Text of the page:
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Home / India News / 2007 / May 2007 / May 8, 2007
An American lady who considers India her real home
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An American lady who considers India her real home

Jan Protopapas, an American schoolteacher who came to India when she was in her mid-twenties, perhaps never anticipated that India, known for its rich culture and traditions, would one day become her second home for the next two decades.

By Karan Kapoor

Patiala, May 8 : Jan Protopapas, an American schoolteacher who came to India when she was in her mid-twenties, perhaps never anticipated that India, known for its rich culture and traditions, would one day become her second home for the next two decades.

Jan Protopapas, who recently arrived in Patiala to learn "Gurbani"(or, Sikhs' devotional music), has been studying various religions and spirituality in India for the last 18 years.

She has become an expert in many Indian languages and has vast knowledge of Indian music and culture.

Jan, 45, has already spent many years in the holy city of Varanasi for her research on Sanskrit language and Indian classical music.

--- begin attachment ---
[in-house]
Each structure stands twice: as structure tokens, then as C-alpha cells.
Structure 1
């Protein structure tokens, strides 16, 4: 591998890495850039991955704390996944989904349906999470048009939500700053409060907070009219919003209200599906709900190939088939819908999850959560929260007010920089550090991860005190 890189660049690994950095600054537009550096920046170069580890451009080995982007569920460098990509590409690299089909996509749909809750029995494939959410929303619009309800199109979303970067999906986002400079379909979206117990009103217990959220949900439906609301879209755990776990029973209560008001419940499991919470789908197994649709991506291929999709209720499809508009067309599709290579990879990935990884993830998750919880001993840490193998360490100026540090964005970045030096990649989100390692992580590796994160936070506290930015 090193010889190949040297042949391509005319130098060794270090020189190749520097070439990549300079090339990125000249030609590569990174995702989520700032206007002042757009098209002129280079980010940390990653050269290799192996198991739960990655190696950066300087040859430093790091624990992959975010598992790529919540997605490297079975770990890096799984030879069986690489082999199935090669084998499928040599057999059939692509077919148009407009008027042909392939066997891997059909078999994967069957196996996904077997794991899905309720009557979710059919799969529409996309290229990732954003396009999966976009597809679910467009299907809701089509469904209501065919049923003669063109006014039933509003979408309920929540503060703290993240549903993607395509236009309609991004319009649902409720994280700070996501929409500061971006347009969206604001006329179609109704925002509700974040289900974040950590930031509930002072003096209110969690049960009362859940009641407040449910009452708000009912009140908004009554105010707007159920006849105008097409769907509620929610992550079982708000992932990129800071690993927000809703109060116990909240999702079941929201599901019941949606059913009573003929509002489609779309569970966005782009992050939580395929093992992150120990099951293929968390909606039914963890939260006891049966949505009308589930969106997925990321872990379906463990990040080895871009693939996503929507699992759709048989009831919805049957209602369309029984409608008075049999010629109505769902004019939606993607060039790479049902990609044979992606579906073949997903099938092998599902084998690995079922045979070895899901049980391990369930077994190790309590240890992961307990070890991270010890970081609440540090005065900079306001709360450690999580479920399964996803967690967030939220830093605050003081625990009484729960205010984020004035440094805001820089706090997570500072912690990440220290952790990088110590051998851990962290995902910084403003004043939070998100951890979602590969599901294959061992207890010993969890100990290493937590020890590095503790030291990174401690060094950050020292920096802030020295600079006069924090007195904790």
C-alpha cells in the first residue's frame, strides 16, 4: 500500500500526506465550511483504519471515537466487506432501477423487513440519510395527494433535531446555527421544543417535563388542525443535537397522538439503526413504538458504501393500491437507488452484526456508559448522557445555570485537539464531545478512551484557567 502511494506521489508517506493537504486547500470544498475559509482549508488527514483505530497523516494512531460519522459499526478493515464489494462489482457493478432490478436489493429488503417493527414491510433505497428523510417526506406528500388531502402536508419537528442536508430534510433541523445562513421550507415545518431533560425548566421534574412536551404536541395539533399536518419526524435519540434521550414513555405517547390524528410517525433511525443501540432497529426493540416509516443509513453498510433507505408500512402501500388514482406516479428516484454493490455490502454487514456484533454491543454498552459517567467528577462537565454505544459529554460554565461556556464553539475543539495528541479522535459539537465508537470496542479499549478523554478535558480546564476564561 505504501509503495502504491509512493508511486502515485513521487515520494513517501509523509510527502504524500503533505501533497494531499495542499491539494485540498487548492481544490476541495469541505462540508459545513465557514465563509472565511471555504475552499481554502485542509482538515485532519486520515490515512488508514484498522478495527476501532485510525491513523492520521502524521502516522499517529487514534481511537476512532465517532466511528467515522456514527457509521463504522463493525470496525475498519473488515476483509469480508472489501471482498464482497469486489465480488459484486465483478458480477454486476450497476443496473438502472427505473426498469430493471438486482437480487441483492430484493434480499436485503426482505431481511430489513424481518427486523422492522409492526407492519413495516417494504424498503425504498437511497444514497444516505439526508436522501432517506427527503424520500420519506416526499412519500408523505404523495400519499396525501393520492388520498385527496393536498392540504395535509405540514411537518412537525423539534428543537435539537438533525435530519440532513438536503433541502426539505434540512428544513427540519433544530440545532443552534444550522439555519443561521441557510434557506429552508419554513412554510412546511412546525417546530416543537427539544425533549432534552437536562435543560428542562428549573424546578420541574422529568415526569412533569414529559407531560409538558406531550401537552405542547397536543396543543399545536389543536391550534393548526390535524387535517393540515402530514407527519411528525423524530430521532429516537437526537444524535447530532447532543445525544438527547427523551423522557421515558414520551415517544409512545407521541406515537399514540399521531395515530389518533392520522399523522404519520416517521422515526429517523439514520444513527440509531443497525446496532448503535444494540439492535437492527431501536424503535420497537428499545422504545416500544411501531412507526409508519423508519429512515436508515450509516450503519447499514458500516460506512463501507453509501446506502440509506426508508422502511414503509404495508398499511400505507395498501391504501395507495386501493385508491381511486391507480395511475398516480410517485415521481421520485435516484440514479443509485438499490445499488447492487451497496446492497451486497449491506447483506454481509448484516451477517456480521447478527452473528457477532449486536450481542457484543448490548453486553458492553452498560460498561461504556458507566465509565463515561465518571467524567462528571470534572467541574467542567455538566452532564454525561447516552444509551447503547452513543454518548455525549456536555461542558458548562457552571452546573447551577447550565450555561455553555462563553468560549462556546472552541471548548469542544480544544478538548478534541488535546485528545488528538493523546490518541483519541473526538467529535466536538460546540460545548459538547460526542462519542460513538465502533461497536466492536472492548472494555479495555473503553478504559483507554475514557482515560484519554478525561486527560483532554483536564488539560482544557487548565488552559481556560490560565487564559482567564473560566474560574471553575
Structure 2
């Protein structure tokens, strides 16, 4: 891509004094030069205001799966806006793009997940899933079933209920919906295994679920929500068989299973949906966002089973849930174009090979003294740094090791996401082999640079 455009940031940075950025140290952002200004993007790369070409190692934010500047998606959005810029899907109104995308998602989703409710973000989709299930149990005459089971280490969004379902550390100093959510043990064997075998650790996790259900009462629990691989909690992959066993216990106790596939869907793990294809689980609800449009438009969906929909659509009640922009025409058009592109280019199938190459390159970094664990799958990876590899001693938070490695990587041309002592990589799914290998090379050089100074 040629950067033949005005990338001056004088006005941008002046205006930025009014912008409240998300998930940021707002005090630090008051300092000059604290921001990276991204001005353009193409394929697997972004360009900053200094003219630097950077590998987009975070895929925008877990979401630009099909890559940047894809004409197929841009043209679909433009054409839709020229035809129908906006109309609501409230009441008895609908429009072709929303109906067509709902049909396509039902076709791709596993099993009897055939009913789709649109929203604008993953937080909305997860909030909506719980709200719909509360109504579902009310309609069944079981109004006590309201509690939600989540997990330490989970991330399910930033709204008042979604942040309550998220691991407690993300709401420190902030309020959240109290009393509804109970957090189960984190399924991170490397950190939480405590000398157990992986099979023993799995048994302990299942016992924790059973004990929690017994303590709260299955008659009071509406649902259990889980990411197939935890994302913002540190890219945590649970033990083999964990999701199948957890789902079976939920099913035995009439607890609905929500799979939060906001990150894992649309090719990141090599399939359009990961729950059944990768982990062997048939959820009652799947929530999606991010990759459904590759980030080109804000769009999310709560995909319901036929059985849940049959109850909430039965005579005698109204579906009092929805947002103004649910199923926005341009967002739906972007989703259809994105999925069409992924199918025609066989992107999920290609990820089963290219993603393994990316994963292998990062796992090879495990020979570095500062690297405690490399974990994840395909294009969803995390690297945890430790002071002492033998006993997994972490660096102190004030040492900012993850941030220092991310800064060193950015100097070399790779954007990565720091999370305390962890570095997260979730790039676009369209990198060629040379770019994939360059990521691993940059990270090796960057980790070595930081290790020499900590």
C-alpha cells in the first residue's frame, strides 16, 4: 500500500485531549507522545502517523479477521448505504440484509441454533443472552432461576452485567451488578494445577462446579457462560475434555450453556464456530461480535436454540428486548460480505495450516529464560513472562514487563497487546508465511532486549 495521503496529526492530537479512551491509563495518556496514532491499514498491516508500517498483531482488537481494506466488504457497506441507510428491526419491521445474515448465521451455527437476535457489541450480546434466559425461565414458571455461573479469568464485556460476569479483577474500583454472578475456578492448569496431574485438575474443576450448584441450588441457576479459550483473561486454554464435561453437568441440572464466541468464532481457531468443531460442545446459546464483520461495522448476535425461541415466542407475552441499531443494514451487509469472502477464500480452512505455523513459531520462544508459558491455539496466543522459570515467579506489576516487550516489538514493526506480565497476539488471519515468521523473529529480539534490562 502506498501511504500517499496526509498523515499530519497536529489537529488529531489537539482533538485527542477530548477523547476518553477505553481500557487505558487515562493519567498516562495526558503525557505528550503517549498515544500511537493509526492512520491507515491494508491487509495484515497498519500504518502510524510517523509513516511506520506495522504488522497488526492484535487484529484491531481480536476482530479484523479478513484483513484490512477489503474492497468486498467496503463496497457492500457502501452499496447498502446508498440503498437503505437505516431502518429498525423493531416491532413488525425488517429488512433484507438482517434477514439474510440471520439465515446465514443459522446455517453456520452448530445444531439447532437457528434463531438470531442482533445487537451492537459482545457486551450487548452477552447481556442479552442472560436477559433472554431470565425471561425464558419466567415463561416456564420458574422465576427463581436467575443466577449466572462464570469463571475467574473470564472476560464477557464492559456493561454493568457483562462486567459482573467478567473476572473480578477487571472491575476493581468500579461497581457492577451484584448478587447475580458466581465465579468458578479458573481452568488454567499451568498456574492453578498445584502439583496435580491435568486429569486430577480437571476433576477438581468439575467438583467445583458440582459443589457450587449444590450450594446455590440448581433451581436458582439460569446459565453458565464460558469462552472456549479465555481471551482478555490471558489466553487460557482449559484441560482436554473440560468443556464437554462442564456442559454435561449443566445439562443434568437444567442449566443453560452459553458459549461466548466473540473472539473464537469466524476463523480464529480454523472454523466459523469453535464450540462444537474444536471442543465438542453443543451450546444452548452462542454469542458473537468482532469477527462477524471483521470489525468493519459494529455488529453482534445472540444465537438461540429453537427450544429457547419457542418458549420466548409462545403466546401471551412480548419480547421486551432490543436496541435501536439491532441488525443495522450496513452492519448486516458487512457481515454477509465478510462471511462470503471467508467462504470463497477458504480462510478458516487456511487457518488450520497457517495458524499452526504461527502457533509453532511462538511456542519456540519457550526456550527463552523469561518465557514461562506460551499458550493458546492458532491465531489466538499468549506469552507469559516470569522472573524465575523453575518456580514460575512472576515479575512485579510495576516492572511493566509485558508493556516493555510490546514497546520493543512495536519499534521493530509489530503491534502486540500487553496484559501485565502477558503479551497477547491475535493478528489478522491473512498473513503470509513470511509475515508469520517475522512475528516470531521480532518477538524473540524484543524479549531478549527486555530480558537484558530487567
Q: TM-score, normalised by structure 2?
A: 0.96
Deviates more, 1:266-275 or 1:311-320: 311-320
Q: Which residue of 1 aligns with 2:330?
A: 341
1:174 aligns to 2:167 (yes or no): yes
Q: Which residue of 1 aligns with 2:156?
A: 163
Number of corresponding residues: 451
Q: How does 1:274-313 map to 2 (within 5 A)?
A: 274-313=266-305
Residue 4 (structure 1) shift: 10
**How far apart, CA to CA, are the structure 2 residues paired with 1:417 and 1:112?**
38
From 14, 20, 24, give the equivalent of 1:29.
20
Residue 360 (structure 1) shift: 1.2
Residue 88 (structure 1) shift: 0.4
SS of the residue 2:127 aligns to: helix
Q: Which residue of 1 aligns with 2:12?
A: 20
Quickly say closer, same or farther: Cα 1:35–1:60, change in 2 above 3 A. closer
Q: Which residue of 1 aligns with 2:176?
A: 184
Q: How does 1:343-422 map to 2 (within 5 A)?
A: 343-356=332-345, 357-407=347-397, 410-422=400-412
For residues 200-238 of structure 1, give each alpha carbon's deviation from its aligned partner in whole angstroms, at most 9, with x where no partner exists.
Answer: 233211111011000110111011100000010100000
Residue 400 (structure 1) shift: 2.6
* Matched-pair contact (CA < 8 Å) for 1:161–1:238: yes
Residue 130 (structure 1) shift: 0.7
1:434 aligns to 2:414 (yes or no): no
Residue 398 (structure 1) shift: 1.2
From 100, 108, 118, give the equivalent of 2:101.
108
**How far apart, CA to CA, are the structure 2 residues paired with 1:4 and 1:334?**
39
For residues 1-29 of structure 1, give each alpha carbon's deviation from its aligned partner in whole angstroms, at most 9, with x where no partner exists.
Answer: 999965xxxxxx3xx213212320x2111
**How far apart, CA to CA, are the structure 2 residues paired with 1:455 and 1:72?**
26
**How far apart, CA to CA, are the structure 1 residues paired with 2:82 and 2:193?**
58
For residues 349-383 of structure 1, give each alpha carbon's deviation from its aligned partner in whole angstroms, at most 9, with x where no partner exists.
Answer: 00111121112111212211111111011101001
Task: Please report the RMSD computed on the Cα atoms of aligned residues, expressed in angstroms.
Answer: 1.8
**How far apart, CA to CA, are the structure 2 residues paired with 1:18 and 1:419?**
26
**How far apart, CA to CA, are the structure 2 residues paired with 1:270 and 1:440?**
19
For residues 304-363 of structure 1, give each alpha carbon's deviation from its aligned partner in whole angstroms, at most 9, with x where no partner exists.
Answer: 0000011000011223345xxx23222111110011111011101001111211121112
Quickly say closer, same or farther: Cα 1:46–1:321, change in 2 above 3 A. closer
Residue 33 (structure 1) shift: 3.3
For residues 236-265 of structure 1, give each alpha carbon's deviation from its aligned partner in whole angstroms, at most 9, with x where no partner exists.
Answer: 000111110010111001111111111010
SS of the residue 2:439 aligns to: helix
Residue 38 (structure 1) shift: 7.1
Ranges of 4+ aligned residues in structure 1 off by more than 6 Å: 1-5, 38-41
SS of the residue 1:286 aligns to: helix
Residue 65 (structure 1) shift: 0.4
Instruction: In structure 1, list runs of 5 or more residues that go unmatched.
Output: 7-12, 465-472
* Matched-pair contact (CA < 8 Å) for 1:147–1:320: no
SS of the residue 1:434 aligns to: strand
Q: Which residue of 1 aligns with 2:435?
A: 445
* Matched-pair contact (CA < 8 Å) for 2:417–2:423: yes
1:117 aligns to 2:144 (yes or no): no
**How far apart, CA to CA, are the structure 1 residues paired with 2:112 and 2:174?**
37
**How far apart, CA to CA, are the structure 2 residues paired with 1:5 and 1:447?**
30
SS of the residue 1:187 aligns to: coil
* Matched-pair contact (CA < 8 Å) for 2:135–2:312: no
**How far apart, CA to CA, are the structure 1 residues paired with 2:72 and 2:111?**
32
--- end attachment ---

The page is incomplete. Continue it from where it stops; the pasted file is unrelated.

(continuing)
"I would like to use this music and these traditions as means to provide a remedy for minds that are tired or are filled with chaos and stress. It's like providing a way back into a quite place, a place to unite with oneself and not only oneself and God but the community in general, says Jan.

"One of the most beautiful things about 'Shabad Kirtan' is the concept of 'Sangat', how people sing together. It's not a matter of singing in a solitary place but singing together with the union of mind and heart. This is what really brings peace and harmony amongst people," she adds.

Everyday, Jan sings prayers and has collected copies of religious texts. She has also studying for a Doctorate in Sikh religion and music from Punjab University.

"This is where the seeds (of religion) are planted among students. This is where the flower will start to grow and where the garden of Gurmat Sangeet or 'Gurbani' is really taking place. So, I have come to this department to be involved in learning Shabad Kirtan, with other students and understand the whole structure, the way the music is transmitted," said Jan.

"Everybody is going to the West, especially in Punjab. Everybody has a member of family abroad in U.K, Australia or the U.S. But very few want to return to their native place. I keep coming back here for the study and knowledge. It's a returning to the source," she adds.

Jan has just finished a music album on various forms of Indian music and has plans to keep coming back for more knowledge and religious pursuits.

ANI

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